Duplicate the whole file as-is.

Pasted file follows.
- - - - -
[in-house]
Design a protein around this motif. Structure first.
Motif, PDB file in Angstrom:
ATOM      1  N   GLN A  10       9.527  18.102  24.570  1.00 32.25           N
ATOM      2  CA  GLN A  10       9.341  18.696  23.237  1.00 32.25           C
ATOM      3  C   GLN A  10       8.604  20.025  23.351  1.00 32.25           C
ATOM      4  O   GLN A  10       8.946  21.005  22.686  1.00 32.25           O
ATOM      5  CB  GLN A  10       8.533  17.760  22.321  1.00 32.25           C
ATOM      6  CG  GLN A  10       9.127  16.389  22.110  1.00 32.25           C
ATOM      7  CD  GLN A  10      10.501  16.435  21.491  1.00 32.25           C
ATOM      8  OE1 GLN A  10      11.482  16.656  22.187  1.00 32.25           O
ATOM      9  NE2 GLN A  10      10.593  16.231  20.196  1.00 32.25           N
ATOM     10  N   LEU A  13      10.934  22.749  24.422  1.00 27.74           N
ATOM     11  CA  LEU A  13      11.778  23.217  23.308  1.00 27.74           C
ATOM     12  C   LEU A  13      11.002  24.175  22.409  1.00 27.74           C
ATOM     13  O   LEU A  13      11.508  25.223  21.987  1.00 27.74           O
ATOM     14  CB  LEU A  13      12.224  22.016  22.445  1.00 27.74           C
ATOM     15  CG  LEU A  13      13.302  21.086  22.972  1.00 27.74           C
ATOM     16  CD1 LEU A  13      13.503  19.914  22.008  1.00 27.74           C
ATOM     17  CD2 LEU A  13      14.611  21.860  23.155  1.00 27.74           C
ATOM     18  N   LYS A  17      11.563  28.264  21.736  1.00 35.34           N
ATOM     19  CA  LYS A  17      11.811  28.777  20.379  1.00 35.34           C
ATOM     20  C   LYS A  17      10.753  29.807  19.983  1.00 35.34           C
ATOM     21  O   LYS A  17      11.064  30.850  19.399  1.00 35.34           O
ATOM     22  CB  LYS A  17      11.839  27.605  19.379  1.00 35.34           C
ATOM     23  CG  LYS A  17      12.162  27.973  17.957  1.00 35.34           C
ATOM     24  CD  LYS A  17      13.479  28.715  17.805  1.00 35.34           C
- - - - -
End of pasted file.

[in-house]
Design a protein around this motif. Structure first.
Motif, PDB file in Angstrom:
ATOM      1  N   GLN A  10       9.527  18.102  24.570  1.00 32.25           N
ATOM      2  CA  GLN A  10       9.341  18.696  23.237  1.00 32.25           C
ATOM      3  C   GLN A  10       8.604  20.025  23.351  1.00 32.25           C
ATOM      4  O   GLN A  10       8.946  21.005  22.686  1.00 32.25           O
ATOM      5  CB  GLN A  10       8.533  17.760  22.321  1.00 32.25           C
ATOM      6  CG  GLN A  10       9.127  16.389  22.110  1.00 32.25           C
ATOM      7  CD  GLN A  10      10.501  16.435  21.491  1.00 32.25           C
ATOM      8  OE1 GLN A  10      11.482  16.656  22.187  1.00 32.25           O
ATOM      9  NE2 GLN A  10      10.593  16.231  20.196  1.00 32.25           N
ATOM     10  N   LEU A  13      10.934  22.749  24.422  1.00 27.74           N
ATOM     11  CA  LEU A  13      11.778  23.217  23.308  1.00 27.74           C
ATOM     12  C   LEU A  13      11.002  24.175  22.409  1.00 27.74           C
ATOM     13  O   LEU A  13      11.508  25.223  21.987  1.00 27.74           O
ATOM     14  CB  LEU A  13      12.224  22.016  22.445  1.00 27.74           C
ATOM     15  CG  LEU A  13      13.302  21.086  22.972  1.00 27.74           C
ATOM     16  CD1 LEU A  13      13.503  19.914  22.008  1.00 27.74           C
ATOM     17  CD2 LEU A  13      14.611  21.860  23.155  1.00 27.74           C
ATOM     18  N   LYS A  17      11.563  28.264  21.736  1.00 35.34           N
ATOM     19  CA  LYS A  17      11.811  28.777  20.379  1.00 35.34           C
ATOM     20  C   LYS A  17      10.753  29.807  19.983  1.00 35.34           C
ATOM     21  O   LYS A  17      11.064  30.850  19.399  1.00 35.34           O
ATOM     22  CB  LYS A  17      11.839  27.605  19.379  1.00 35.34           C
ATOM     23  CG  LYS A  17      12.162  27.973  17.957  1.00 35.34           C
ATOM     24  CD  LYS A  17      13.479  28.715  17.805  1.00 35.34           C